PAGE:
NFC or Not: How Will You Pay?


Perhaps one of biggest market hurdles related to mobile payments is the idea one seems to agree on what a mobile payment actually looks like. While many people often think of NFC (near-field communication)-enabled smartphones when they talk about mobile payment, it is only one of the many technologies that exist today.

In general, mobile-payment technologies can be divided into two categories—chip-based technologies and software-based applications. Certainly the most hyped up chip-based technology has been NFC. The technology allows devices to establish radio communication with each other by touching or bringing them into close proximity. In a retail environment, this would require POS terminals to be equipped with NFC technology. And while most of today’s POS systems are being built with NFC capabilities, getting every retailer to upgrade their equipment takes both time and money. The other option would be for retailers to ditch their POS systems all together and arm their staff with NFC phones.

But NFC isn’t the only chip-based payment technology. In Europe, consumers use EMV smart cards, which are credit cards that contain embedded security chips that hold all of a consumer’s user data. In essence, the chips replace the magnetic strips used in U.S. credit cards. Also referred to as “chip and PIN” technology, EMV smart cards allow users to purchase items by simply scanning their cards (as opposed to swiping) and then entering a four-digit PIN code.

These types of “wallet chips” can also be integrated into mobile devices. Just like a SIM card holds your phone number credentials associated with your service provider, a security chip integrated into a mobile device could hold the credentials associated with credit card companies—just like in Europe’s EMV smart cards. Instead of making online shoppers enter 16-digit credit card numbers, expiration dates, and security codes, the chip could simplify the online payment process, which, in turn, could make online mobile purchases a more attractive option for consumers.

There are also several software-based options. Companies like Jack Dorsey’s Square,, are leveraging apps and barcode technology to allow consumers to use their mobile phones for payment. Others like Google Wallet, Master Card MasterPass, and the group that came together to form Isis,, are using software to store user credentials and taking the physical credit card out of the payment scenario.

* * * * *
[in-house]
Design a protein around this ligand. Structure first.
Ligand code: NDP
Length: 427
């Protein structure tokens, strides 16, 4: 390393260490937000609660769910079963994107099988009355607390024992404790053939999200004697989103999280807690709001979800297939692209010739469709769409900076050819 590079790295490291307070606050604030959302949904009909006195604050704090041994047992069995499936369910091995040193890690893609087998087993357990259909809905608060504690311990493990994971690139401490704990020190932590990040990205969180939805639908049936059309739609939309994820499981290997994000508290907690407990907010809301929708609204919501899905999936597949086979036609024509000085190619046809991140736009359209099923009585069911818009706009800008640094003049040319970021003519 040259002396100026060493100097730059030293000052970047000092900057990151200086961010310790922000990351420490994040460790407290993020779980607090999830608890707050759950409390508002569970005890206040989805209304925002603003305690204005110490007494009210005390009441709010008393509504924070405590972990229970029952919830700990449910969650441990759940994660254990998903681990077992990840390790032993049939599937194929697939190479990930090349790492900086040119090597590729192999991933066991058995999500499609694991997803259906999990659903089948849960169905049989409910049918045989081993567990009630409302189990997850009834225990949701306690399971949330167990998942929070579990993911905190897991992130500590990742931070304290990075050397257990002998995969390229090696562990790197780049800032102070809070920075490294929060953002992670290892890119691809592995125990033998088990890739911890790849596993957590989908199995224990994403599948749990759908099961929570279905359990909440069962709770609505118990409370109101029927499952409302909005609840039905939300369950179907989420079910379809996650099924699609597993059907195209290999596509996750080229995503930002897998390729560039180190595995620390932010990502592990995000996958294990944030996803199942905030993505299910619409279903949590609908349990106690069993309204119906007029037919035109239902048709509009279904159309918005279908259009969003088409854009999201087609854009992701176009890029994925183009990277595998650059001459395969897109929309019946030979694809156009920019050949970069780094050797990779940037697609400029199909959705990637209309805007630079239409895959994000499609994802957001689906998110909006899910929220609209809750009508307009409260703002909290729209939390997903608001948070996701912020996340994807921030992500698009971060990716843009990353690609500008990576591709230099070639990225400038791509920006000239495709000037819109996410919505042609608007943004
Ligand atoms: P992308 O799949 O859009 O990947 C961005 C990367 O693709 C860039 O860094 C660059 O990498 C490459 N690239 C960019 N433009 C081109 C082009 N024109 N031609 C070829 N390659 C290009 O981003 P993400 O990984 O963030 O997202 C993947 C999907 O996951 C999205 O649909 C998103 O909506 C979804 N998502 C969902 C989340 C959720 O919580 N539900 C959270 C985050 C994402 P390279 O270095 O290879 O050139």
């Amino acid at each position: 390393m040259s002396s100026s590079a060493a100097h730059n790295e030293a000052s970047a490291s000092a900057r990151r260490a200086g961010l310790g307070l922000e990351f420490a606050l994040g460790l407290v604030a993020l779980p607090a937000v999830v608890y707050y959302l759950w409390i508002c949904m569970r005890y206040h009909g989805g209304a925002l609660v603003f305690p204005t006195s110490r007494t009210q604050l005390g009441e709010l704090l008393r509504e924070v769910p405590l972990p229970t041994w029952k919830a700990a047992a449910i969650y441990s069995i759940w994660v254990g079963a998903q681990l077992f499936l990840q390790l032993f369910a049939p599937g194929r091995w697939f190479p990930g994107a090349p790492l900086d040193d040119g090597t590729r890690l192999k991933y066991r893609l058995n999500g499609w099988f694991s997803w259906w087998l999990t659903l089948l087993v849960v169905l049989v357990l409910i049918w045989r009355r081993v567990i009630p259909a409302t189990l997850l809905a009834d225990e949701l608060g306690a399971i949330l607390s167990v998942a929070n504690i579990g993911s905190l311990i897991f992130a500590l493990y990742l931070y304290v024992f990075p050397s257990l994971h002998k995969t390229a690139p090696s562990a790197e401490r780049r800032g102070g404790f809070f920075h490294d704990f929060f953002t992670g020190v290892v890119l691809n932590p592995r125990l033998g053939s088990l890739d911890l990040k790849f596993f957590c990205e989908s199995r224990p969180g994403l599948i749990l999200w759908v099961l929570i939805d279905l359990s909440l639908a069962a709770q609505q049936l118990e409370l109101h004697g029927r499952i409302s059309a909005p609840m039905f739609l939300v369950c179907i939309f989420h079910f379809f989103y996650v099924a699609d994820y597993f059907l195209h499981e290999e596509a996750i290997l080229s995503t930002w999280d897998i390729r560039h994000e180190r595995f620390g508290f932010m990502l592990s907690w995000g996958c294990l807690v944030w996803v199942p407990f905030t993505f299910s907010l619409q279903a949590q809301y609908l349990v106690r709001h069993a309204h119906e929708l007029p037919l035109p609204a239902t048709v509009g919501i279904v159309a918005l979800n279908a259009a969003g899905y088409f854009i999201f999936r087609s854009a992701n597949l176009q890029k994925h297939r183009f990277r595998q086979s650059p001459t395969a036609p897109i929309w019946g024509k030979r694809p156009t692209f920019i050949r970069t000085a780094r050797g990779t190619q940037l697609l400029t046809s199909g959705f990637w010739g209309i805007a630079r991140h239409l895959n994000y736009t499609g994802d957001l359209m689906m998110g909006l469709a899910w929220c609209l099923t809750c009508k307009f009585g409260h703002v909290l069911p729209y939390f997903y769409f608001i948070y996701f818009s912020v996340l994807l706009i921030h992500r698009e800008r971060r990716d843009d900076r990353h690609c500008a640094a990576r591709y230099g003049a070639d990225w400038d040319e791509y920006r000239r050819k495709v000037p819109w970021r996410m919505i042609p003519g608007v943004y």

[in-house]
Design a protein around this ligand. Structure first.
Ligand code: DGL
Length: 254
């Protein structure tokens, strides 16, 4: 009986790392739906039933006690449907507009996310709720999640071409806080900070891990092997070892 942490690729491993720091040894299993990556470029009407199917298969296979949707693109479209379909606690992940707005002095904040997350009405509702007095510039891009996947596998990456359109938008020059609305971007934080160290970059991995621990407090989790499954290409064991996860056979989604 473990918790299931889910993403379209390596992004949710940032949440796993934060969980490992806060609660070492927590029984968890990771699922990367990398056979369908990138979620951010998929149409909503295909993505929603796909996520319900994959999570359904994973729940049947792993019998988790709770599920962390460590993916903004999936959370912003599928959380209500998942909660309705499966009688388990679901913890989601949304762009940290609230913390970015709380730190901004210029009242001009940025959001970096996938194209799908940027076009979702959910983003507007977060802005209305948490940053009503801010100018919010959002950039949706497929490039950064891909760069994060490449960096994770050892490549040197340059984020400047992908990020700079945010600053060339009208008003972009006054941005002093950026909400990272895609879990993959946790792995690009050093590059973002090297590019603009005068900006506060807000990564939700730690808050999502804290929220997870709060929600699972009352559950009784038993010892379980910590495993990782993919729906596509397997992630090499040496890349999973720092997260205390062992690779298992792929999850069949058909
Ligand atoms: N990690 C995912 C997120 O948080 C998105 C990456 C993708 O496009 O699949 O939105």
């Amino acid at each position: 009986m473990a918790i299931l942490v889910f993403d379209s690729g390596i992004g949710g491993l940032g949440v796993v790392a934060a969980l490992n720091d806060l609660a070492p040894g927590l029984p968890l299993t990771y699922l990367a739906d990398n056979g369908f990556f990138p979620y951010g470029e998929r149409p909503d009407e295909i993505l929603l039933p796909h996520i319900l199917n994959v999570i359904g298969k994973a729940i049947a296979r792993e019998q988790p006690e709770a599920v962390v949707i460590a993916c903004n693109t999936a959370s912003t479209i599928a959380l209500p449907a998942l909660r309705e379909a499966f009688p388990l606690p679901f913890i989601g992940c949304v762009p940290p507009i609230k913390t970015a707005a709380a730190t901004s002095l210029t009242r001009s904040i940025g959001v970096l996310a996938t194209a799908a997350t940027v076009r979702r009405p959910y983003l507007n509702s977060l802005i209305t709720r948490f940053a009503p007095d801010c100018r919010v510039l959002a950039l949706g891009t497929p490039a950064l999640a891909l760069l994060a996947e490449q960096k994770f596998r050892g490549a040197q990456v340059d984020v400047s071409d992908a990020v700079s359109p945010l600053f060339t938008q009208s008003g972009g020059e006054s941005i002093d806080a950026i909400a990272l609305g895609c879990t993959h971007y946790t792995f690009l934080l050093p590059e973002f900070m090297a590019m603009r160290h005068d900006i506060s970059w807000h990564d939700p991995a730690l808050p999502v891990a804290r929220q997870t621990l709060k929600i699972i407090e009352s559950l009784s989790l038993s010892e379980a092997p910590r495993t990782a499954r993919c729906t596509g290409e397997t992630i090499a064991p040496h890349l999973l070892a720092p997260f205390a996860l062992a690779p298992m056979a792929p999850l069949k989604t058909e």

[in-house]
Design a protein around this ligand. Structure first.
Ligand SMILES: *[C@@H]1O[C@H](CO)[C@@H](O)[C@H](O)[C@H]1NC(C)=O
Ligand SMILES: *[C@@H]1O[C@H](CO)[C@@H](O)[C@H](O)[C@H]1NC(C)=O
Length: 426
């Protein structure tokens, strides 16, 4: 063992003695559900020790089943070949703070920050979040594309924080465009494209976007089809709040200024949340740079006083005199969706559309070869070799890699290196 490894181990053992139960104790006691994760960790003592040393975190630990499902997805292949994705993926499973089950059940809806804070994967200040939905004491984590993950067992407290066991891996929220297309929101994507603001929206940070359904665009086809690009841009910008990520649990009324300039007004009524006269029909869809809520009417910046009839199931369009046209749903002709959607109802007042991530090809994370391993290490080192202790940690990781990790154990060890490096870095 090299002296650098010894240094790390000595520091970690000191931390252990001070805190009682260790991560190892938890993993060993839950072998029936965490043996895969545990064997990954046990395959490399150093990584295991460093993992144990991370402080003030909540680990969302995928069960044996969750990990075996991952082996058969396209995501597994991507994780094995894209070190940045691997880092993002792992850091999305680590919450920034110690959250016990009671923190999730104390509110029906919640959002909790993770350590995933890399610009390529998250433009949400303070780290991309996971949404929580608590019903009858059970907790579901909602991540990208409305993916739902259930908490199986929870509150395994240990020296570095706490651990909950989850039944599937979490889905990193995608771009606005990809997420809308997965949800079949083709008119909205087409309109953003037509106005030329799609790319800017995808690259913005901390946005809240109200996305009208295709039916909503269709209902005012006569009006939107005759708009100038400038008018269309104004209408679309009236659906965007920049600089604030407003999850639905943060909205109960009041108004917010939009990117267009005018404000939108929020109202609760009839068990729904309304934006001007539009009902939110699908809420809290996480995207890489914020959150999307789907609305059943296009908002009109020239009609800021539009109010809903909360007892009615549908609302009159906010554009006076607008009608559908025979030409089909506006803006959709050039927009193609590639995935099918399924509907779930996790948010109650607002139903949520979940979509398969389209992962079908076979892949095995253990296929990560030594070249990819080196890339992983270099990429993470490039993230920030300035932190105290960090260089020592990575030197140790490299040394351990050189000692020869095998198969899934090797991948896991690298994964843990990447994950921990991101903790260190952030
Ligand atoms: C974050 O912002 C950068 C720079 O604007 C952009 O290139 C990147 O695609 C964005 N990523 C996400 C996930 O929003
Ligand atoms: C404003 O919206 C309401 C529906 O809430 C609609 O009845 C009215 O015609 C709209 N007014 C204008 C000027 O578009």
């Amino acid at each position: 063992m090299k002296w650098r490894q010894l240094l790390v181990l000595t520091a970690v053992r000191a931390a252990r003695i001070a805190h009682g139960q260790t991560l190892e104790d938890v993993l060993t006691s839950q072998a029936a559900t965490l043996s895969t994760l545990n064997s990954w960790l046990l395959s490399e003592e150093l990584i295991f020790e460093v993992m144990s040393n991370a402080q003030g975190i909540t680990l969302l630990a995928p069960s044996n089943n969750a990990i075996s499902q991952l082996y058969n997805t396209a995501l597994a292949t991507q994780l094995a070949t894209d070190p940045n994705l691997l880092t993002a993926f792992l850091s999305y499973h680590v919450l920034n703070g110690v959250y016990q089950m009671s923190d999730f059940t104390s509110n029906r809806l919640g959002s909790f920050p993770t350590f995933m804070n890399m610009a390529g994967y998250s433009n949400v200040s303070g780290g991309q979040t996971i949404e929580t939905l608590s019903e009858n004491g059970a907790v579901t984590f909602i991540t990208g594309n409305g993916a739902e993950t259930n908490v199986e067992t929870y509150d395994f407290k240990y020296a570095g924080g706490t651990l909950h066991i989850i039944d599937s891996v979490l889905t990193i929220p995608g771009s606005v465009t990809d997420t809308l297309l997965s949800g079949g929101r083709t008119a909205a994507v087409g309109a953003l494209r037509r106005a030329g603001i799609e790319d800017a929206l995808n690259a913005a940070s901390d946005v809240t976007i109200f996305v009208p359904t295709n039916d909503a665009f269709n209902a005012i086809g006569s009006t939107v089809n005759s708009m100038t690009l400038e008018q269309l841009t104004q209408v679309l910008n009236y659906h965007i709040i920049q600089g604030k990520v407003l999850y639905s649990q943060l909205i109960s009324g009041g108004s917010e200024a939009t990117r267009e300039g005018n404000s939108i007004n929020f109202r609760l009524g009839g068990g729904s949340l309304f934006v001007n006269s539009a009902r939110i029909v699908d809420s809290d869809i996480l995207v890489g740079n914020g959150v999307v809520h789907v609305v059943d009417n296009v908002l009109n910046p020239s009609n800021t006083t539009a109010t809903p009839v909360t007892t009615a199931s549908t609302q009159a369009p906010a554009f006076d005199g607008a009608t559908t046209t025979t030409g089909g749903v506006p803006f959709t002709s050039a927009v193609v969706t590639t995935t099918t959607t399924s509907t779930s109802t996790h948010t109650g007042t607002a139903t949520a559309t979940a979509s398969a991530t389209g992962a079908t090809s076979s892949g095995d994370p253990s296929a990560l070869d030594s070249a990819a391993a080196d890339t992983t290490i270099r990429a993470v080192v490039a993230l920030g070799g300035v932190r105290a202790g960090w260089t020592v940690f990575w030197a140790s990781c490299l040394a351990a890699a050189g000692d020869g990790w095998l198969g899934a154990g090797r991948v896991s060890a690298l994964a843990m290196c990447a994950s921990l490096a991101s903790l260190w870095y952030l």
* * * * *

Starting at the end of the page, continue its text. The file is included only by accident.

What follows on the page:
In fact, just recently Isis announced the launch of the Isis Alliance Program, which supports merchant technology ecosystem partners with exclusive tools and resources to help them capitalize on the opportunities created by mobile commerce.

Merchants will now have the ability to deliver a richer, more personalized relationship with their customers through the Isis Mobile Wallet. The key here is that this leverages an existing payments infrastructure, meaning any merchant with a contactless payment terminal can accept payments via the Isis Mobile Wallet.

With so many options, it’s no wonder the industry hasn’t seen broad adoption. What’s more is the supply chain hasn’t been working together to provide a cohesive mobile payment scheme. “The majority of consumers in the world, even with the right devices, can’t actually access [mobile payments] today because the technology hasn’t been made available,” says Jeff Miles, vice president mobile transactions worldwide at NXP Semiconductor,, one of the original creators of NFC technology. “I need the handset, the mobile network operator, the bank, and Visa or MasterCard to come in line to offer that to a consumer today—that’s been the challenge.”

However, the partnership formed between Visa,, and Samsung,, this past February could be a step in the right direction. The two companies joined together to combine Visa payment functionality on NFC-enabled next-generation Samsung devices.

Miles of NXP agrees the Visa and Samsung partnership is “closer,” but he believes the industry needs to really focus on simplifying its business model. “It’s not like an Android application, where we simply develop an application and a consumer would download it,” he explains.

In contrast, today’s mobile payment model is closed—something Miles says needs to change. “The use of NFC and the use of the secure element should be a much more open thing,” he offers as an example. “So if you and I have a great application and we are a start-up in Silicon Valley, we should be able to build our gift card application or new payment application and be able to utilize the secure element as part of our application or our technology. That to me is critical.”

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Connected World Issue
June/July 2014
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